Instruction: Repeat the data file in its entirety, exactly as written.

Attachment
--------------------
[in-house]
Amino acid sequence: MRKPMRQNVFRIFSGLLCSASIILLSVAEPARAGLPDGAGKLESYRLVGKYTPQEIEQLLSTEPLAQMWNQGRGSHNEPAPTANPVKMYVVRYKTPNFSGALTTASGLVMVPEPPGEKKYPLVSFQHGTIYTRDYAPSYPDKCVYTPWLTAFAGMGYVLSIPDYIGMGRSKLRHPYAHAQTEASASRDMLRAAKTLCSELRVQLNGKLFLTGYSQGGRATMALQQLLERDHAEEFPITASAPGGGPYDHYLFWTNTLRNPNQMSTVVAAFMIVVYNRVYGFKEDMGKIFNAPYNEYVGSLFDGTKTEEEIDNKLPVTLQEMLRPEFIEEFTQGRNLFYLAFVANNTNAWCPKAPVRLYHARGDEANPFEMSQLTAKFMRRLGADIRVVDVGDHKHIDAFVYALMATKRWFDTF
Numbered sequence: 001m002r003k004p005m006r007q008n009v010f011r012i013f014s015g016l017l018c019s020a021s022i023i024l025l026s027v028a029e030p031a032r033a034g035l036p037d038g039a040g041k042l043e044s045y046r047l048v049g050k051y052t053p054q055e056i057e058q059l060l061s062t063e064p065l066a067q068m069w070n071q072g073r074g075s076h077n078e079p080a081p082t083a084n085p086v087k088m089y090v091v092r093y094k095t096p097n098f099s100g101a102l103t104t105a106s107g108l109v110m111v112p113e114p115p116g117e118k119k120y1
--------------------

[in-house]
Amino acid sequence: MRKPMRQNVFRIFSGLLCSASIILLSVAEPARAGLPDGAGKLESYRLVGKYTPQEIEQLLSTEPLAQMWNQGRGSHNEPAPTANPVKMYVVRYKTPNFSGALTTASGLVMVPEPPGEKKYPLVSFQHGTIYTRDYAPSYPDKCVYTPWLTAFAGMGYVLSIPDYIGMGRSKLRHPYAHAQTEASASRDMLRAAKTLCSELRVQLNGKLFLTGYSQGGRATMALQQLLERDHAEEFPITASAPGGGPYDHYLFWTNTLRNPNQMSTVVAAFMIVVYNRVYGFKEDMGKIFNAPYNEYVGSLFDGTKTEEEIDNKLPVTLQEMLRPEFIEEFTQGRNLFYLAFVANNTNAWCPKAPVRLYHARGDEANPFEMSQLTAKFMRRLGADIRVVDVGDHKHIDAFVYALMATKRWFDTF
Numbered sequence: 001m002r003k004p005m006r007q008n009v010f011r012i013f014s015g016l017l018c019s020a021s022i023i024l025l026s027v028a029e030p031a032r033a034g035l036p037d038g039a040g041k042l043e044s045y046r047l048v049g050k051y052t053p054q055e056i057e058q059l060l061s062t063e064p065l066a067q068m069w070n071q072g073r074g075s076h077n078e079p080a081p082t083a084n085p086v087k088m089y090v091v092r093y094k095t096p097n098f099s100g101a102l103t104t105a106s107g108l109v110m111v112p113e114p115p116g117e118k119k120y1